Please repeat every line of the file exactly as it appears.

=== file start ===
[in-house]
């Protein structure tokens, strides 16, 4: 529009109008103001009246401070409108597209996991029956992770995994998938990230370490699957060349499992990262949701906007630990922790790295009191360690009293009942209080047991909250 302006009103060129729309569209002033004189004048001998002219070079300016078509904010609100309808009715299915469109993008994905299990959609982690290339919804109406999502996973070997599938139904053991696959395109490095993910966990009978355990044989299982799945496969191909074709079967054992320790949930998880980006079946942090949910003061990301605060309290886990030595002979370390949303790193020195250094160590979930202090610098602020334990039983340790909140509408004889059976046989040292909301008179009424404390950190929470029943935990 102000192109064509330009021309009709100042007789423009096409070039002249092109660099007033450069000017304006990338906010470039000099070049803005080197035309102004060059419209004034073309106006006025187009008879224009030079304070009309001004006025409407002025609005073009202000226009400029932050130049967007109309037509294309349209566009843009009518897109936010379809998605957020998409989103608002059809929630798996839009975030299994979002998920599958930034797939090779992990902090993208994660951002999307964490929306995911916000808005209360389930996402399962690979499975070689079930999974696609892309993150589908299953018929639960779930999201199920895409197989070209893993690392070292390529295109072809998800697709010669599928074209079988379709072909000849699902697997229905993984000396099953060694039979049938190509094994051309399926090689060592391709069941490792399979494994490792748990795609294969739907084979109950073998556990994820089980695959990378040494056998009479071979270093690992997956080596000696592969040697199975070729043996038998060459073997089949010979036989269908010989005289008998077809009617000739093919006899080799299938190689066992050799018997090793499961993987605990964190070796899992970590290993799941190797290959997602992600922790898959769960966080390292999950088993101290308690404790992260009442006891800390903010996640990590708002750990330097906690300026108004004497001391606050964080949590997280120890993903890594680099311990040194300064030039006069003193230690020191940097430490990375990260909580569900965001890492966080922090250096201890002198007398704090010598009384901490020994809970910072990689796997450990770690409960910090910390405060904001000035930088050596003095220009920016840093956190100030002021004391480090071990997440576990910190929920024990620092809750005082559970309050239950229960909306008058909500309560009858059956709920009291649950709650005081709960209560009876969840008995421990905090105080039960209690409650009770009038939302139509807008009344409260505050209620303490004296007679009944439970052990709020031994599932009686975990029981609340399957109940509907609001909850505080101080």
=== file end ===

[in-house]
């Protein structure tokens, strides 16, 4: 529009109008103001009246401070409108597209996991029956992770995994998938990230370490699957060349499992990262949701906007630990922790790295009191360690009293009942209080047991909250 302006009103060129729309569209002033004189004048001998002219070079300016078509904010609100309808009715299915469109993008994905299990959609982690290339919804109406999502996973070997599938139904053991696959395109490095993910966990009978355990044989299982799945496969191909074709079967054992320790949930998880980006079946942090949910003061990301605060309290886990030595002979370390949303790193020195250094160590979930202090610098602020334990039983340790909140509408004889059976046989040292909301008179009424404390950190929470029943935990 102000192109064509330009021309009709100042007789423009096409070039002249092109660099007033450069000017304006990338906010470039000099070049803005080197035309102004060059419209004034073309106006006025187009008879224009030079304070009309001004006025409407002025609005073009202000226009400029932050130049967007109309037509294309349209566009843009009518897109936010379809998605957020998409989103608002059809929630798996839009975030299994979002998920599958930034797939090779992990902090993208994660951002999307964490929306995911916000808005209360389930996402399962690979499975070689079930999974696609892309993150589908299953018929639960779930999201199920895409197989070209893993690392070292390529295109072809998800697709010669599928074209079988379709072909000849699902697997229905993984000396099953060694039979049938190509094994051309399926090689060592391709069941490792399979494994490792748990795609294969739907084979109950073998556990994820089980695959990378040494056998009479071979270093690992997956080596000696592969040697199975070729043996038998060459073997089949010979036989269908010989005289008998077809009617000739093919006899080799299938190689066992050799018997090793499961993987605990964190070796899992970590290993799941190797290959997602992600922790898959769960966080390292999950088993101290308690404790992260009442006891800390903010996640990590708002750990330097906690300026108004004497001391606050964080949590997280120890993903890594680099311990040194300064030039006069003193230690020191940097430490990375990260909580569900965001890492966080922090250096201890002198007398704090010598009384901490020994809970910072990689796997450990770690409960910090910390405060904001000035930088050596003095220009920016840093956190100030002021004391480090071990997440576990910190929920024990620092809750005082559970309050239950229960909306008058909500309560009858059956709920009291649950709650005081709960209560009876969840008995421990905090105080039960209690409650009770009038939302139509807008009344409260505050209620303490004296007679009944439970052990709020031994599932009686975990029981609340399957109940509907609001909850505080101080």